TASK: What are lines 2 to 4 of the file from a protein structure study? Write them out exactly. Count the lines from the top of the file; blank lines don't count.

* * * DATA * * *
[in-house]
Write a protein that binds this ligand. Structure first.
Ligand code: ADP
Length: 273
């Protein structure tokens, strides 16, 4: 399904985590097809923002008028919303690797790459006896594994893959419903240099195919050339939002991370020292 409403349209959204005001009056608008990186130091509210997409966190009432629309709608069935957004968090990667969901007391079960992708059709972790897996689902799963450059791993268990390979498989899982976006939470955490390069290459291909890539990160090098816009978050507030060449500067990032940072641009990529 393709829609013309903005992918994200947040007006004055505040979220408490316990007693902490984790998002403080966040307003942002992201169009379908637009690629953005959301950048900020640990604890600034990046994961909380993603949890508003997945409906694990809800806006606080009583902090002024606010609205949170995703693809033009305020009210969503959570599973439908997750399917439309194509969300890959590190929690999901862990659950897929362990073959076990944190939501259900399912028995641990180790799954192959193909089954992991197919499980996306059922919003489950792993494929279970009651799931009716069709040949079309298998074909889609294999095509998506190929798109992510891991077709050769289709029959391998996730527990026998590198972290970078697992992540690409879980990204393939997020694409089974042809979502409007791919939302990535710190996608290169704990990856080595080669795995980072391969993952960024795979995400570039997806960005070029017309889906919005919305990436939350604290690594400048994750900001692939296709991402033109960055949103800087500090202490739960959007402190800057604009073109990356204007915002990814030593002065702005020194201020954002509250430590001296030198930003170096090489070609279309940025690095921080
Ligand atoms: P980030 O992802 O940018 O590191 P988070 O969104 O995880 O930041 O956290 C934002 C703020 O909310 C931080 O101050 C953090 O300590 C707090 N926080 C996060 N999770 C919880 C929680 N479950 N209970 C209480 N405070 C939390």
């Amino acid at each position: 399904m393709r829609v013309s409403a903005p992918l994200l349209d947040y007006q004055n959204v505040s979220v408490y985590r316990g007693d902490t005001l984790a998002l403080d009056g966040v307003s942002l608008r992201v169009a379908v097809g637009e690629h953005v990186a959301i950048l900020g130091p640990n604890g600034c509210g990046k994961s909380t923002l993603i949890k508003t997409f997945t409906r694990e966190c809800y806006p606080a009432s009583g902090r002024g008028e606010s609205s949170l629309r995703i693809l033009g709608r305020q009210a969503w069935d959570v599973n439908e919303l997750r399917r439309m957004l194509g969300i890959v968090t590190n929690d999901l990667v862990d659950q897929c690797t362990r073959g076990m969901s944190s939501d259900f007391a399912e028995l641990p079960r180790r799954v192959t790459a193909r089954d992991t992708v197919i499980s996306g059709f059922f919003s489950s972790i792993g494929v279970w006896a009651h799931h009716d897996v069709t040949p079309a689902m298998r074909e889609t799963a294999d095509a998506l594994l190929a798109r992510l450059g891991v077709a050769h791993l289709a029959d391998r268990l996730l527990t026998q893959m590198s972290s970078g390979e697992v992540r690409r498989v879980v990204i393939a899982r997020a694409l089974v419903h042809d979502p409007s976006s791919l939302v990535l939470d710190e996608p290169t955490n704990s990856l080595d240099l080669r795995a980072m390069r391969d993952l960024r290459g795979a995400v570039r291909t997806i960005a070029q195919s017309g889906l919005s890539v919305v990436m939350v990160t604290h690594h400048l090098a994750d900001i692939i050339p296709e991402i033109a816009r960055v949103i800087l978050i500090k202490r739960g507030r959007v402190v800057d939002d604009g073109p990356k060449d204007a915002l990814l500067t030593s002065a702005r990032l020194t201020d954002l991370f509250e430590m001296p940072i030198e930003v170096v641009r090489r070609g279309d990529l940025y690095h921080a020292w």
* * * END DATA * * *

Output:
Write a protein that binds this ligand. Structure first.
Ligand code: ADP
Length: 273